Despite the GR86’s admirable diet – it weighs just 1276kg – the MX-5 is still the lighter of the two Japanese cars by some 224kg, Mazda claiming a kerb weight of just 1052kg for its roadster. It’s joined by 181bhp and 151lb ft from a 2-litre in-line four, and like the Toyota there’s a six-speed manual gearbox and a mechanical limited-slip diff. Zero to 62mph takes a claimed 6.5sec and the top speed is 136mph, putting it broadly on a par with the GR86 on paper, although in reality it lacks torque beside the Toyota and is nowhere near as energetic in the mid-range.
The Alpine A110 GT, on the other hand, is pretty much the polar opposite of the two front-engined Japanese cars. Its 1.8-litre engine doesn’t just sit behind the occupants rather than in front, with a dual-clutch paddleshift gearbox rather than a traditional manual, it’s also turbocharged and produces much more power and torque – 296bhp and 251lb ft. So although at 1119kg in GT trim it weighs a touch more than the MX-5, the A110 is still in a different league when it comes to pure performance, zero to 62mph taking just 4.2sec and with a top speed limited to 155mph. Untethered, it would do a fair bit more than this, you suspect.
Yet despite their wildly differing levels of outright performance, the A110 doesn’t disappear over the horizon at the first sight of a great driving road, of which there are many in Northumberland. Nor does it take you to a quantifiably deeper level of driver indulgence, not to begin with at any rate. Instead it’s just different. Its steering is lighter and more delicate in its weighting because it doesn’t have the heft of an engine to deal with over its front axle, but it’s not ‘better’ than the GR86’s steering (which is delicious) or any more alert than the MX-5’s. Which is a theme that continues to develop the more miles we do in these cars. They all do things differently from one another but it’s hard, sometimes impossible, to decide which one you actually prefer driving – because they each have their own individual methods of entertainment.
It does make you wonder at times if the Alpine – which doesn’t particularly feel a class up from the Japanese cars, despite its overtly mid-engined driving position and gentlemen’s club brown leather trim – could ever really be worth double what the other two cost, both of them simpler inside but also extremely well built. Especially when you alight from any of them at the end of a nose-to-tail cross-country journey, extolling the virtues of whichever one you happen to have been driving last. Point is, all three are perfectly nice cars just to be in, without having particularly gorgeous or well-appointed interiors, and they’re all terrific entertainers, although I do have a favourite, more on which in a bit.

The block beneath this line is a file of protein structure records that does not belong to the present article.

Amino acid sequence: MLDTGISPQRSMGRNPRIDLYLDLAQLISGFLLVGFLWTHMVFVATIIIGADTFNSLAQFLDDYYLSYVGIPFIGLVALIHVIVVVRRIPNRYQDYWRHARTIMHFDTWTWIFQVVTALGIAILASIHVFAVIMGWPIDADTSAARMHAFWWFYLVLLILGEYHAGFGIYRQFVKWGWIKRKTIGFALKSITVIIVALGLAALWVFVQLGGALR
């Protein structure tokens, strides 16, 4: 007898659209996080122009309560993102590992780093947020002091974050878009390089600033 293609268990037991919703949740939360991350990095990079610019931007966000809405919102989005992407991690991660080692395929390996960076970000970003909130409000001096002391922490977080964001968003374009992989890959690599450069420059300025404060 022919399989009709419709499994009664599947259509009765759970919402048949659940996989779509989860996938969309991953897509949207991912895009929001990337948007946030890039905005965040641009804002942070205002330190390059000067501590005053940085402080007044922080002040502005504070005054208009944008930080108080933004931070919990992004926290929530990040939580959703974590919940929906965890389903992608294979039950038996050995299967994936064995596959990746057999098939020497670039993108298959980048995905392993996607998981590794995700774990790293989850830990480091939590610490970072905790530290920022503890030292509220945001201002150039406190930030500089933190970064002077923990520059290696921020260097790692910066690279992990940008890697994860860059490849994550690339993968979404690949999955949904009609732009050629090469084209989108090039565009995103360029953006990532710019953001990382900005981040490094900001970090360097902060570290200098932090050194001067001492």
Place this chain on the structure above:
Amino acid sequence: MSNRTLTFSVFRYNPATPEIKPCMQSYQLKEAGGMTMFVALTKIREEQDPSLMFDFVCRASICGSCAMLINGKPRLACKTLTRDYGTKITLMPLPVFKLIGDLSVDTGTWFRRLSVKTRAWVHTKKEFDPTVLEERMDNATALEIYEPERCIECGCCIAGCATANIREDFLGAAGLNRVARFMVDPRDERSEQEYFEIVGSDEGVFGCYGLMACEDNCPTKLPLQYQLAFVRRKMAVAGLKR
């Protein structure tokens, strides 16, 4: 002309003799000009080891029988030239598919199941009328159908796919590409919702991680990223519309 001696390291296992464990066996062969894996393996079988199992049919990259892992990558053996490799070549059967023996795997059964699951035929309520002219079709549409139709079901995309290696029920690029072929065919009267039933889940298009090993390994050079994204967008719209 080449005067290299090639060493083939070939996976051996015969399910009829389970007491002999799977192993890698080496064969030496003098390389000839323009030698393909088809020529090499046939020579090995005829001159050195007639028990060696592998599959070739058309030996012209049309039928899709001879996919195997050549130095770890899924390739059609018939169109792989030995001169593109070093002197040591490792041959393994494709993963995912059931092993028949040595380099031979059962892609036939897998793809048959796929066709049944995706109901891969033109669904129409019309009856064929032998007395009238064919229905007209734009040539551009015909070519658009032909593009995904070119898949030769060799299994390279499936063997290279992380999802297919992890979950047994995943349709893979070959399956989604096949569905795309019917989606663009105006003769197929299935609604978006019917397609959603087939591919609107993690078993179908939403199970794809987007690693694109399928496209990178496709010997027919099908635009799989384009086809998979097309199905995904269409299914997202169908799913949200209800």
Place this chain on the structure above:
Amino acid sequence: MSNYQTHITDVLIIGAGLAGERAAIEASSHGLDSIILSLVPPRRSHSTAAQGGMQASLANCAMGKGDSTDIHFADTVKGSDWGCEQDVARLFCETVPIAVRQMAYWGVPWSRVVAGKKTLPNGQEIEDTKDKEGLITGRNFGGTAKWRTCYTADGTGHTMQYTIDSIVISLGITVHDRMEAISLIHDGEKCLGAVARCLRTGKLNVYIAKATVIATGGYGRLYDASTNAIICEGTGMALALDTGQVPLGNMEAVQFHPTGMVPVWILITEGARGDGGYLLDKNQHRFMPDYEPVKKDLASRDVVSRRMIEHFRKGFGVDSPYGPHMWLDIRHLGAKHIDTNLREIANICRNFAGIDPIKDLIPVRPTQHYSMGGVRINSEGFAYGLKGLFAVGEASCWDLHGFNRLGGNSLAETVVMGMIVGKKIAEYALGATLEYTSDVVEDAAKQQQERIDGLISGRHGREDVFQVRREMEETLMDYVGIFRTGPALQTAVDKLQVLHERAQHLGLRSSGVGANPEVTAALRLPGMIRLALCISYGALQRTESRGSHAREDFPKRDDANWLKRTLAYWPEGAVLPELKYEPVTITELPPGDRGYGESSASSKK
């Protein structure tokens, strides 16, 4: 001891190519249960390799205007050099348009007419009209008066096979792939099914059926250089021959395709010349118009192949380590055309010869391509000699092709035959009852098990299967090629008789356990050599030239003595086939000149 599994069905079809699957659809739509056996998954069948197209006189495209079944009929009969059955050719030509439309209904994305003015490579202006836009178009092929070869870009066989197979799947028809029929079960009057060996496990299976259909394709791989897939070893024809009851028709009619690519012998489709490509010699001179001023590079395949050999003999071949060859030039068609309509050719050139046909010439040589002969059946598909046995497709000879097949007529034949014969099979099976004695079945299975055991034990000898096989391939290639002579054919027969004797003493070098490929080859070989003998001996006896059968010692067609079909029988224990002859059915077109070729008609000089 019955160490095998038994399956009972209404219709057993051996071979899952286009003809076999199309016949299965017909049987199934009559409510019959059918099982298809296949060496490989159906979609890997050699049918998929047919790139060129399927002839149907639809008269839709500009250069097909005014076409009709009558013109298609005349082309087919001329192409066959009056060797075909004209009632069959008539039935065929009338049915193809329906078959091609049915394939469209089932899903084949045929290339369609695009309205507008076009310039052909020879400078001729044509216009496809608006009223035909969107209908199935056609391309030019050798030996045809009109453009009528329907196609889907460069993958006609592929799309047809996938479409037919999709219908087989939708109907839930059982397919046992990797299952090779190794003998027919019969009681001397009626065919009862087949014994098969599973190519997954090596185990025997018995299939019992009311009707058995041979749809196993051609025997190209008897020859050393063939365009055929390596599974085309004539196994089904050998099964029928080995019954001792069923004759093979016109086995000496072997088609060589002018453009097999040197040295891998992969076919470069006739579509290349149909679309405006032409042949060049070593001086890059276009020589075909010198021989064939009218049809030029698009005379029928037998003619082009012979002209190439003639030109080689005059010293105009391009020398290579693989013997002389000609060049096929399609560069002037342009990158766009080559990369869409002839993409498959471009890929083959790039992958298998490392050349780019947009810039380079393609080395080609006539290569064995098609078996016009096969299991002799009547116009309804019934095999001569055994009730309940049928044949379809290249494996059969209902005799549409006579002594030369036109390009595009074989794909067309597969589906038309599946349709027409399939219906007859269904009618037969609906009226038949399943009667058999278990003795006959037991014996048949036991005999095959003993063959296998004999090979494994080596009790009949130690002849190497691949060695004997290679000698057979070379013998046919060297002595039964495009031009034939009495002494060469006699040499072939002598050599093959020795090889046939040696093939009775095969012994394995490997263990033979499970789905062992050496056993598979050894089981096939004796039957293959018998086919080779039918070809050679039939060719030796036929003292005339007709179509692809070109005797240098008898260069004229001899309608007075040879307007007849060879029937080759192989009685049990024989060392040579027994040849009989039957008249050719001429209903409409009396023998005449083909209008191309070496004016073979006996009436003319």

In the meantime, let’s talk gearboxes, specifically about whether a dual-clutch can ever be a match for the snickety-snick precision of the manuals in the Mazda and Toyota. Personally I think it can, because I’m a big fan of dual-clutches if done properly, and in the A110 it works a treat, especially if you select Sport mode, which sharpens up the throttle and exhaust maps as well as the gearshift speeds. Yet I’m prepared to admit that, in the right circumstances, the joy of exacting a perfect heel-and-toe downshift in a car like the GR86 – whose six-speed manual is just miles better than it used to be in the GT86 – does take some beating.
The gearbox itself, indeed the entire drivetrain, does need to be downright brilliant if a manual is ever going to get anywhere near a good dual-clutch in terms of shift speed and quality, though, which means the weighting and precision of the shift mechanism and the syncing (and weight) of the clutch all need to be perfectly aligned with one another, otherwise you’d be much better off with a decent DCT. But in both these cases, they are. Between them, the GR86 and MX-5 have possibly the two best manual gearboxes – and entire drivetrains, in fact – that money can buy right now. So yes, they are both probably more satisfying to change gear in than the A110, although I’d still argue that you can swap cogs faster and more efficiently in the Alpine, even if there’s less pleasure to be derived from doing so.
Same with the way they steer. The A110’s helm is lighter, sharper in its initial response and arguably more responsive than the GR86’s just off-centre, while the MX-5’s steering has a lot more going on at the rim at all times, partly because there’s simply more going on in the Mazda. But that’s due mainly to the MX-5’s suspension being so much softer than the others, which allows its body to move around to a greater degree and more obviously so over the kind of yumps and humps that come at you on roads such as these, all of which manifests itself at the steering wheel. Which is why simply guiding the MX-5 through a series of turns that would seem quite innocuous in the other two feels like a fairly monumental achievement in the Mazda. But that’s what you get in the UK, so that’s what you have to deal with, and it’s interesting to note just how differently these cars steer over the same roads.